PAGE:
New Seeds This Year

Displaying seeds 1 - 15 of 57 in total
  1. New


    A colour variation on the more familiar Blue Monkshood, plants forming an upright clump of deeply-cut green leaves, bearing spikes of soft-pink flowers in mid-summer. This lovely variation is not commonly seen in gardens. ... Learn More


  2. New


    This splendid mixture of seeds collected from all colours and sizes of our agapanthus will produce a unique spectrum of plants which will steadily improve in size over the years. They will also look very attractive as container plants on the patio. ... Learn More


  3. New


    High on hot rocky hillsides on the island of Malta grow these impressive and unusual giants. When we first encountered these members of the 'umbelliferae' family, to which cow parsley, angelica, and similar plants belong, a friend remarked that compared to their relatively medium height, they had astonishingly huge umbels (or "heads") of seeds! We tried to identify them without success, and we thought they resembled an angelica, so the temporary name stuck! Angelica "Huge Umbel" (Hugh Jumble). And they also produced the most enormous seeds of any plant in this family we have ever seen, and we cultivate a very large number of the umbelliferae family here. Grown here in Devon, they make impressive plants, and amusing and intriguing dried flowers too! Please let us know if you can name them......Please note they are not edible. ... Learn More


  4. New


    An impressive, but unidentified member of the cow parsley family, (possibly an angelica), originally collected on the Mediterranean island of Corfu. Sprays of palest creamy-yellow flowers open on very tall strong stems before producing large golden umbels of seeds. A striking plant for the back of the border, and treat as not edible! ... Learn More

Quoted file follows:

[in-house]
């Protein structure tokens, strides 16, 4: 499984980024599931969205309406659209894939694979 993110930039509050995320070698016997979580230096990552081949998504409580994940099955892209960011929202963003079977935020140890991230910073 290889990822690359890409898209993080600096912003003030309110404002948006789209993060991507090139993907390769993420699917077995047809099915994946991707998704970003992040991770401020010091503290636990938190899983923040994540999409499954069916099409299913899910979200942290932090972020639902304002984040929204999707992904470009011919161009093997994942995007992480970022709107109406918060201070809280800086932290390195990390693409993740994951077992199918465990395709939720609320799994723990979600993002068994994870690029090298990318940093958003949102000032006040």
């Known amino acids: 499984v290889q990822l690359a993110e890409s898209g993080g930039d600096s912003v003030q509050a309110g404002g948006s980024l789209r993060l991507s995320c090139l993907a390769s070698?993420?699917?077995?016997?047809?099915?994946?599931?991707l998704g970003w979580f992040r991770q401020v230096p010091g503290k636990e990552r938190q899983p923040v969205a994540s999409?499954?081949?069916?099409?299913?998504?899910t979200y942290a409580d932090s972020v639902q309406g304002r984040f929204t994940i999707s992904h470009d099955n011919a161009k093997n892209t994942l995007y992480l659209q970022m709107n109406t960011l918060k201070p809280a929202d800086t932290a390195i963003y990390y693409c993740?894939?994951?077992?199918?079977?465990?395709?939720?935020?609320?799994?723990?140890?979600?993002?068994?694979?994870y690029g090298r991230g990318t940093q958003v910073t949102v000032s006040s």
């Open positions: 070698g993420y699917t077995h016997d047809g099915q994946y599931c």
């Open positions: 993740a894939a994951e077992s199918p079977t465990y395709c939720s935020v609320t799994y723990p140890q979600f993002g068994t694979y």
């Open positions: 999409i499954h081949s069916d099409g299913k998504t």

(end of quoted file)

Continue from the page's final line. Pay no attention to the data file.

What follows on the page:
5. New


    Sizeable, deepest pink "snapdragon" flowers open over a prolonged period in spring and summer on this scarce plant. It is strictly speaking a perennial, when it will ultimately make a thick-stemmed shrub clad in thin pointed leaves, but does very well grown as an annual. It grows in wild rocky places from the Rif Mountains of Morocco to Malta, where it can sometimes be seen as a dazzling patch on mountain roadsides and clifftops, but is very rarely seen in cultivation. ... Learn More


  6. New


    A delicious late-ripening apple originally discovered as a seedling growing on the large Penn Inn roundabout at the entrance to our market town of Newton Abbot in South Devon. Even on the poor rocky substrate, this tree produced a large crop of red-blushed golden apples, and seedlings may produce different fruit.These soft, sweet-fleshed fruits should keep until December, by which time many other varieties will be well past their eat-by date. ... Learn More


  7. New


    This stately palm has large, arching feather-like leaves, the newly emerging foliage having a coppery hue. Producing violet flowers in midsummer, the subsequent red fruits are most attractive to birds. It is tolerant of light frosts so can be also grown in an atrium or conservatory. In the wild it grows in the wet subtropics on the sides of Mt Warning Volcano in northern NSW and over the border in Queensland's Lamington National Park. In the United States, the palm is a popular plant in California from San Luis Obispo south to the Mexican border and in much of central and southern Florida. ... Learn More


  8. New


    A rarely seen, spectacular and greatly desired multi-stemmed Indonesian palm, sporting red maroon emergent leaves that hold their colour for weeks before they fade to a dark, faintly mottled green. The crown shaft and the leaf midribs of this clustering, shade-loving ornamental palm are also brilliant reddish-orange. ... Learn More